Free Play Time … Something Sadly Missing From The Common Core Standards

Going over the monthly newsletter from my daughter’s school I came across a nice piece by the schools Librarian about how she is integrating Free Play time into her instruction through puppets and a puppet theater. I found this great because in my Masters studies part of my research in the 90’s focused on Playfulness as a vital component of a creative organizational climate. The article also helped reiterate to me that with all the emphasis of the last decade first on “No Child Left Behind” and now the “Common Core” initiatives and “Race to the Top” that Play and Fun are easily lost as a vital part of an effective American education system. It is really becoming more and more important for parents and teachers to find innovative ways to integrate Free Play time into their daily interactions and lesson plans with both children and teens.

In Public School 101 in Forest Hills, Queens, some kindergarten parents wanted more free play time for their children.  These parents decided to do something about it and approached the school officials and were able to get some changes to the curriculum.  In a post titled “At One School, a Push for More Play Time” the author highlighted this parential action and makes the sad point that “Gone were the play kitchens, sand and water tables, and dress-up areas; half-days were now full days. Instead, there were whiteboards, and the kindergartners, in classes of up to 27, practiced reading and math on work sheets on desks“.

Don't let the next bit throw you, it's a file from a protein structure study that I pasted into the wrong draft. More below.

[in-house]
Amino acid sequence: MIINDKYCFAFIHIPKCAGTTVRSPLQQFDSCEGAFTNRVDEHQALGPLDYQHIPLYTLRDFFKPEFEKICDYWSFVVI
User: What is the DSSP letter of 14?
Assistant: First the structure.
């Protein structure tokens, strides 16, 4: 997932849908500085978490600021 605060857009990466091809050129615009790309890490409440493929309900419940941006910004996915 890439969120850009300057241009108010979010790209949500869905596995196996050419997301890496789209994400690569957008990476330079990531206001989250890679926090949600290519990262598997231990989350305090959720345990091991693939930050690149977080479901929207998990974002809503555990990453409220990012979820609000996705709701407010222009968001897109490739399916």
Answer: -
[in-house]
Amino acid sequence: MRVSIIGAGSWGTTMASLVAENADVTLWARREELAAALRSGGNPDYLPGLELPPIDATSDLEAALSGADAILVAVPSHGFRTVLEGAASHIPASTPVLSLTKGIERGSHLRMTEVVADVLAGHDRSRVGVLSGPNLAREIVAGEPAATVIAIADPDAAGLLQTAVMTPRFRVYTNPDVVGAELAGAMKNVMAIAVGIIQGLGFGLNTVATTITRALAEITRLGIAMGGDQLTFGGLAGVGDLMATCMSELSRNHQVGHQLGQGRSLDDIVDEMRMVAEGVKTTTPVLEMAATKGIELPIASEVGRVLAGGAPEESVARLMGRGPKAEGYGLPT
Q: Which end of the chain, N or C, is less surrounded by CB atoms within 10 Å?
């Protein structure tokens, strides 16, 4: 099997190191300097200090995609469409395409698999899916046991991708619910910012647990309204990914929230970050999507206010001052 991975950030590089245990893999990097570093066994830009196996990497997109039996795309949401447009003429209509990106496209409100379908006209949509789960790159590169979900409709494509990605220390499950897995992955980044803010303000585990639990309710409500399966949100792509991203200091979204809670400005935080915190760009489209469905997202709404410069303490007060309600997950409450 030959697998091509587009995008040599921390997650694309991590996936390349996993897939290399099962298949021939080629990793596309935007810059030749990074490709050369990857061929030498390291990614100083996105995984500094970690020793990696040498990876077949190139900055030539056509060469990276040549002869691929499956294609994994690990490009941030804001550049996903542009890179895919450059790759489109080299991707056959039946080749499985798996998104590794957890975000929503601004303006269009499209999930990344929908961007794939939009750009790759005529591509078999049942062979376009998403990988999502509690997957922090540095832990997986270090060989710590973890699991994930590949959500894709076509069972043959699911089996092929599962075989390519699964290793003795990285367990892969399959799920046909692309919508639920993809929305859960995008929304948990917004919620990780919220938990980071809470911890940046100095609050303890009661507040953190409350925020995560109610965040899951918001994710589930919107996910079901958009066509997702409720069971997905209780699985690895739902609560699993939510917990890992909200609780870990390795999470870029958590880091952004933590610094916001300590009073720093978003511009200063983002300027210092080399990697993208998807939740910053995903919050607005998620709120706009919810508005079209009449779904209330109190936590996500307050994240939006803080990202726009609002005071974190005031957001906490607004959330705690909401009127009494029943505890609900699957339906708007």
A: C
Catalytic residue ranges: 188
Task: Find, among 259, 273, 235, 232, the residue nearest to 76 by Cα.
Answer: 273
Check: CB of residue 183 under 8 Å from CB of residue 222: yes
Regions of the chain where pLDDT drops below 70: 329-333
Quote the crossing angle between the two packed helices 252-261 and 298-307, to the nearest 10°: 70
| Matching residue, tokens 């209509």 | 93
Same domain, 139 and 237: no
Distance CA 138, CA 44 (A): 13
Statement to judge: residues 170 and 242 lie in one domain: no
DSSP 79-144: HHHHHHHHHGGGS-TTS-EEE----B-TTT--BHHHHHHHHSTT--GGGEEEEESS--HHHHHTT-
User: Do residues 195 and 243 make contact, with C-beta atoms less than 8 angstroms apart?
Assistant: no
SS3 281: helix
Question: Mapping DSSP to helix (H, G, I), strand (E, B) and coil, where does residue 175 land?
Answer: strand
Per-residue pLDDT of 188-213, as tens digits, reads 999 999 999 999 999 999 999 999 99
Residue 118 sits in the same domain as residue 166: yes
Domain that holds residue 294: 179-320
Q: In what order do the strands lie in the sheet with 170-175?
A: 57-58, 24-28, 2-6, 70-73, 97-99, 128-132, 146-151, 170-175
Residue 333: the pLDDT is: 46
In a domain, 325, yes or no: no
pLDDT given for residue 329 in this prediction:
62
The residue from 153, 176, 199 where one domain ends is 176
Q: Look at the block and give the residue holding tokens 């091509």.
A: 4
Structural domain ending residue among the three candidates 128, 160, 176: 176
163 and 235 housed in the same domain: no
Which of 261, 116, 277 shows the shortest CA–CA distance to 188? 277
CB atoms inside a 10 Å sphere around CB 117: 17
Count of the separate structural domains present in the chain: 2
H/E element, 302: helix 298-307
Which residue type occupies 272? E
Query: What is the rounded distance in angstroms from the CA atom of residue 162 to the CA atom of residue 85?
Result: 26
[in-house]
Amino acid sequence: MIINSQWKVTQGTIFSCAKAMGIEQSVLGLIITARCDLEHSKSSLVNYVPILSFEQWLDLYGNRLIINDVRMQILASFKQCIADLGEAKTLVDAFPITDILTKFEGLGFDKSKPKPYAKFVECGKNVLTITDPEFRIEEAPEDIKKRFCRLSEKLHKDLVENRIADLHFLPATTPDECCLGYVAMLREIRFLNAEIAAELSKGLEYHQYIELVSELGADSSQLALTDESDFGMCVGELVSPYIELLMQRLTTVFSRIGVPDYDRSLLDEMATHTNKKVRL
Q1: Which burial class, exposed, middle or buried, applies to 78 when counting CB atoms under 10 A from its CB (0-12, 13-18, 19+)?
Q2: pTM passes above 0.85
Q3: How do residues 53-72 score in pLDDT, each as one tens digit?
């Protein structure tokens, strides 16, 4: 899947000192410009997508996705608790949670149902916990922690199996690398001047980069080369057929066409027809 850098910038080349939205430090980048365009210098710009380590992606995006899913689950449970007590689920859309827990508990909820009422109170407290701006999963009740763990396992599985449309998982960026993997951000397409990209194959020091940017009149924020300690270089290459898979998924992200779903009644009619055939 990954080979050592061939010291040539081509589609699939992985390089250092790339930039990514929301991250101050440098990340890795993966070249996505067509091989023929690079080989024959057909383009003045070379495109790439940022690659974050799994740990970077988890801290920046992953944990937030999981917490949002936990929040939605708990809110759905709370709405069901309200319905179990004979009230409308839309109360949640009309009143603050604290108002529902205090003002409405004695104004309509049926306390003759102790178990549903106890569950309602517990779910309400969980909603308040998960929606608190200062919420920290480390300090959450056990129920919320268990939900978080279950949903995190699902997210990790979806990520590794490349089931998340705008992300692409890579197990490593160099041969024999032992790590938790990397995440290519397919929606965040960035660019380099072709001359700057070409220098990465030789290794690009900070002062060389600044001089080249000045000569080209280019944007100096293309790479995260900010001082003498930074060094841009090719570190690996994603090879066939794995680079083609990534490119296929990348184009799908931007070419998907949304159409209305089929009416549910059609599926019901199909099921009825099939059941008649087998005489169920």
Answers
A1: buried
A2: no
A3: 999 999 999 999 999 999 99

Now the push in New York is to make Pre-K an educational standard and the NY State Dept. of Education has already put forward the Common Core Learning Standards for Pre-K. Funny thing is that Pre-K and Kindergarten, according to the State’s Dept. of Education and State education law, is still just an optional grade for schools to offer and for parents to place their children in…if they desire to. However, as reported in the NY Times the option was removed for NYC schools by NY State legislation in 2012. Parents must now sent their children to school at the age of 5 rather then 6.

I wonder how many decades it will take for our ‘brilliant’ leaders in Albany to officially and legally put this into our State Education system. Hopefully, all of us can remember to leave a bit of time for the children to play, laugh and have fun for fun sake. One day we just might empirically find that this fun and imagination is just as important as math and language arts.


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Filed under Improved Learning, Learning Resources, Parenting

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